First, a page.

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Week 3_Summer Hatfield

January 21, 2014 by summerh@uoregon.edu   

Notes on Blindness from The New York Times – Video on Vimeo.

Some of you may remember the audio pitch I made last term about having my friend who is blind record a day in his life. Well, this is another take on a similar concept, but in this case there is a video dramatization to go along with the real life recordings of John Hull, who became completely blind in the middle of his life. This is a really interesting idea to me, to take real audio recordings and try to make a video to match them.

The way this video is made, it feels very surreal, very dreamy. It feels like I am watching someone’s memories unfold, somewhat hazy and choppy, moving from one scene to the next the way sporadic thoughts sometimes come and go.

I am curious if some of the sounds, such as the sound of the ocean, were really in the recording, or if they were added just for the video. Either way, it makes for some good transitions and intriguing background noise.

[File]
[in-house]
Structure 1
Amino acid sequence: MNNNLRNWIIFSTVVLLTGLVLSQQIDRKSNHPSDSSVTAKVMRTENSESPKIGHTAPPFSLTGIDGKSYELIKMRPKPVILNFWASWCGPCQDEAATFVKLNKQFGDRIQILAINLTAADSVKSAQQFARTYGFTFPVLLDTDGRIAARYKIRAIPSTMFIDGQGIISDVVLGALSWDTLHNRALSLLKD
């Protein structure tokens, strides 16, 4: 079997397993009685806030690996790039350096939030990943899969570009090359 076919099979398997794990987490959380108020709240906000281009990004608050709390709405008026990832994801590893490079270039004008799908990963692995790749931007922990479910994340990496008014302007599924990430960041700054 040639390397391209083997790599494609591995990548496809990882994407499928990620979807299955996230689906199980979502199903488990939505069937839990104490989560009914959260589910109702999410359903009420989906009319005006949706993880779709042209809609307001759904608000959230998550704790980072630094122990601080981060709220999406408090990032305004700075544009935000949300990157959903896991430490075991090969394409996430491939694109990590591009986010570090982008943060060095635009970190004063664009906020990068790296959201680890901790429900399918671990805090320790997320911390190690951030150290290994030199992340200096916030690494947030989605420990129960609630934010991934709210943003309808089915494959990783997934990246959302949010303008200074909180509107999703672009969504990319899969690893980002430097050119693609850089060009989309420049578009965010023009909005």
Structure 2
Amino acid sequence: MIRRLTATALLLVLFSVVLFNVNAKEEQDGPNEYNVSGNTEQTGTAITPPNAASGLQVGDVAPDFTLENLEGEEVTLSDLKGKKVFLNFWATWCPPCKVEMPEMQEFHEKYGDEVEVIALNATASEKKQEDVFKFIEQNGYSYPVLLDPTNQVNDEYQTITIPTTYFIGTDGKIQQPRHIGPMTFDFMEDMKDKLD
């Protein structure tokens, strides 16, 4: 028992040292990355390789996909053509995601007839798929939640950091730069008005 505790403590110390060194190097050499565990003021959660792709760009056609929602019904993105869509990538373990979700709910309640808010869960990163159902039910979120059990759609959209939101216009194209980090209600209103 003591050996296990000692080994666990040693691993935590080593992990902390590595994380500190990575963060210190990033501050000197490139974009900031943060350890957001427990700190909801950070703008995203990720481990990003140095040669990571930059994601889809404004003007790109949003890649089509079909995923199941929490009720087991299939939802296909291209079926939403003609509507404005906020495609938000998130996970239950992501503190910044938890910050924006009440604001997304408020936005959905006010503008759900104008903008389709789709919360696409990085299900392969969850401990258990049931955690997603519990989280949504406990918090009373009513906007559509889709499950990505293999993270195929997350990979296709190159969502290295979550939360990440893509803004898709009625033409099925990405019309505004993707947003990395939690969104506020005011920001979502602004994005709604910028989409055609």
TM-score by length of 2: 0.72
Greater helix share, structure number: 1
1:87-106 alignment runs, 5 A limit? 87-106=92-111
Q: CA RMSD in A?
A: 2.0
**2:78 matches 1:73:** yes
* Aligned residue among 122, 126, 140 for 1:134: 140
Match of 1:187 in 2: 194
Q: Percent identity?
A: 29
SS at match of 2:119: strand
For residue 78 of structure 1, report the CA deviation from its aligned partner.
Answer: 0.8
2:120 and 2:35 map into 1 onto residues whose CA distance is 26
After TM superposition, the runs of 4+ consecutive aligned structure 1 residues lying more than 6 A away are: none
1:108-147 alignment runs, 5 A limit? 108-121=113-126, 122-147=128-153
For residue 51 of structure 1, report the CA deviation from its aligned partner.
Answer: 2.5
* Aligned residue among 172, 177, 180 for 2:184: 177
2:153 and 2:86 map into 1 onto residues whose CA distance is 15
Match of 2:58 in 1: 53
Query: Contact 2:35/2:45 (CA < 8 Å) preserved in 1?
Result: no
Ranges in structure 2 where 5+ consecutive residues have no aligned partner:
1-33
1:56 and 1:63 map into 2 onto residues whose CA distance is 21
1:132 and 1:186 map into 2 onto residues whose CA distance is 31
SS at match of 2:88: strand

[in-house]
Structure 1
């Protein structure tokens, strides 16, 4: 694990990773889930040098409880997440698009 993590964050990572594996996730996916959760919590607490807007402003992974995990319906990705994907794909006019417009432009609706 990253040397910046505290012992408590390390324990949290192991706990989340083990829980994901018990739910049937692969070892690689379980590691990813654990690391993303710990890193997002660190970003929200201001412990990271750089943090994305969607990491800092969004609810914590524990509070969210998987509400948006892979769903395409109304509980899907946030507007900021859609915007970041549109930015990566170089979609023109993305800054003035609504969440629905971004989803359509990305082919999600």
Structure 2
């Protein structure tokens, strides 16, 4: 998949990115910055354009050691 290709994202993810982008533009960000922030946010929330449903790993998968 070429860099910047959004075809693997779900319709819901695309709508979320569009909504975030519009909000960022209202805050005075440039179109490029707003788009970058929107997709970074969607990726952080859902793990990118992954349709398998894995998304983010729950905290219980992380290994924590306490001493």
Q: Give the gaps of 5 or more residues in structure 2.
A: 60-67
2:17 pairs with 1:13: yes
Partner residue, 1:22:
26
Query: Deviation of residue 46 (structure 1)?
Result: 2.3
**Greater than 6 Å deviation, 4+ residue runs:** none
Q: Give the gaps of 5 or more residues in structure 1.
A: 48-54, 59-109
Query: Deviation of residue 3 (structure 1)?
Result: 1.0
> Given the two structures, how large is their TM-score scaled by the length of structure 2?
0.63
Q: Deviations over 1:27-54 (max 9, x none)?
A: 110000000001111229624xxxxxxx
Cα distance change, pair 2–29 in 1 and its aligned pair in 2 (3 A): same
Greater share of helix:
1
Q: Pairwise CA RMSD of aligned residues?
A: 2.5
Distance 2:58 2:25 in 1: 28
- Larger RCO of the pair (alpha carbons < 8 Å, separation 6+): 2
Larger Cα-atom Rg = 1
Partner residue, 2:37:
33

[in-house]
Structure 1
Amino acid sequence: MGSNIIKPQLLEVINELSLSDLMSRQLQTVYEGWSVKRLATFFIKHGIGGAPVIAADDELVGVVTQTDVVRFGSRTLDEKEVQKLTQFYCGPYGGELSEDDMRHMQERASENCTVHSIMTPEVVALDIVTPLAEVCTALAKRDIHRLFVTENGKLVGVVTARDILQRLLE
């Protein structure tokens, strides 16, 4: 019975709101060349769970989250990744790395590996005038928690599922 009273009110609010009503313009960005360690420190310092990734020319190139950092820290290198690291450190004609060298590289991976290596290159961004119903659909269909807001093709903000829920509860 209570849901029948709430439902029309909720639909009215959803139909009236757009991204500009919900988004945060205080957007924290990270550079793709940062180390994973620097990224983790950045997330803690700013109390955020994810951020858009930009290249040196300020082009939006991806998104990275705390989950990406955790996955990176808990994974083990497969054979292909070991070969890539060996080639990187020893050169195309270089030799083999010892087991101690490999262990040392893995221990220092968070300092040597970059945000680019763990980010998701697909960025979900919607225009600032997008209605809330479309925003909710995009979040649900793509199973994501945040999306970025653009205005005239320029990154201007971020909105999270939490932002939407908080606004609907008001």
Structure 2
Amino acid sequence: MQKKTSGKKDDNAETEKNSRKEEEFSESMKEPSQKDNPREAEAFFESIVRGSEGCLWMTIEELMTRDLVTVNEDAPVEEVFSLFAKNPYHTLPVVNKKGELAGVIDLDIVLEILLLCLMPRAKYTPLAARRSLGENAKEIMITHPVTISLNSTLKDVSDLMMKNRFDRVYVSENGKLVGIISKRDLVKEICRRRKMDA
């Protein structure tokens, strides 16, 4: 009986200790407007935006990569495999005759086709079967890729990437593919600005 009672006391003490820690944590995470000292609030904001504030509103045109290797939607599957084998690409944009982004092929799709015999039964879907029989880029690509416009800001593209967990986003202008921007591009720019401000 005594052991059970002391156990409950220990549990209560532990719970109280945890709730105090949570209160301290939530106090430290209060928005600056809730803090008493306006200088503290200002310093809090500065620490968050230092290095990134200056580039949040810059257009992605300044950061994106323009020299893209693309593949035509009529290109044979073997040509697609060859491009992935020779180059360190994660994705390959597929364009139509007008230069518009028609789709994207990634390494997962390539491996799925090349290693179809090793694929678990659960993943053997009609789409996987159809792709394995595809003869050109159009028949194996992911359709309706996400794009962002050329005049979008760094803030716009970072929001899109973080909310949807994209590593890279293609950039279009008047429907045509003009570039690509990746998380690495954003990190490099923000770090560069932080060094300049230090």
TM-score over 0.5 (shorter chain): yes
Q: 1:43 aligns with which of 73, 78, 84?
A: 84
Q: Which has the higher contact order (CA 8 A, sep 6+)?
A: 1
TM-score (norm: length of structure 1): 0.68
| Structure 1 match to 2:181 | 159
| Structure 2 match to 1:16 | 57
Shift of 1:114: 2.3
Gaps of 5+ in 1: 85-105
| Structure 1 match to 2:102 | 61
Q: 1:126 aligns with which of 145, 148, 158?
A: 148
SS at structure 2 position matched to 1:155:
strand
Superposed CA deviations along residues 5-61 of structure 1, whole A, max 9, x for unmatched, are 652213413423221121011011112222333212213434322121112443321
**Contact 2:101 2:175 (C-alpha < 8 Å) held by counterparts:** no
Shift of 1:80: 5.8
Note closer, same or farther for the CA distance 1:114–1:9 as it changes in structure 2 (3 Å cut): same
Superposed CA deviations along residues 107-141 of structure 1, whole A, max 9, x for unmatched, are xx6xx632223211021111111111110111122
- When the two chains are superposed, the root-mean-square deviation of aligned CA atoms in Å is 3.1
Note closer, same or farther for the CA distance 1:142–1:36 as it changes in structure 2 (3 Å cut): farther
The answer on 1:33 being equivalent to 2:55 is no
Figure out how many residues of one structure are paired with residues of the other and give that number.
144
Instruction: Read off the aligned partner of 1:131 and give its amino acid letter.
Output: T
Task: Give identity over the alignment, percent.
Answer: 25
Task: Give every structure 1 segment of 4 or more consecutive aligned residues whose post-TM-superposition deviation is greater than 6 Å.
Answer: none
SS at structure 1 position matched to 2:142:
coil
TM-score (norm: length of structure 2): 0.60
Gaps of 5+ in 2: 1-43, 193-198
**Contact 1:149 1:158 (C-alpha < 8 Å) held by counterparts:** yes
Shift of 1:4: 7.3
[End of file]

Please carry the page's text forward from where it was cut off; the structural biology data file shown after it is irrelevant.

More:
2 Comments »

  1. lpaters5@uoregon.edu says:

    Wow, I do love that they craft the images to be just that – dreamy. I have no idea how they are making the water move in the old still photographs when the subject remains still, but I love the effect – same with the still picture of the wife with the snow falling. It’s like the filmmaker is taking the images and materials from someone’s life and putting them through all these filters and effects to create and experience of what it might be like to walk through someone’s life memories. Very creative and captivating.

  2. jarrattt@uoregon.edu says:

    I think your question about the sounds is a good one because the piece relies so much on the change in the sound, so they knew that the sounds would need to be perfect. My guess is that the sound isn’t synched for the most part. I looked at some production stills from the kitchen scene and I can’t imagine they were able to get that quality from space they were shooting. I bet the just went out to locations with great rain sounds and recorded them separately. Here are some stills from the kitchen if you are interested in checking them out: https://www.facebook.com/photo.php?fbid=180659678738313&set=a.180659145405033.46565.180628518741429&type=3&theater

    I find it kinda revelatory to hear the effects of rain for someone without sight, that the rain gives a space shape and dimension because of the way it falls on whatever is in the space. I never thought that all of the sudden you would know where something is because of the rain, but it feels so obvious.

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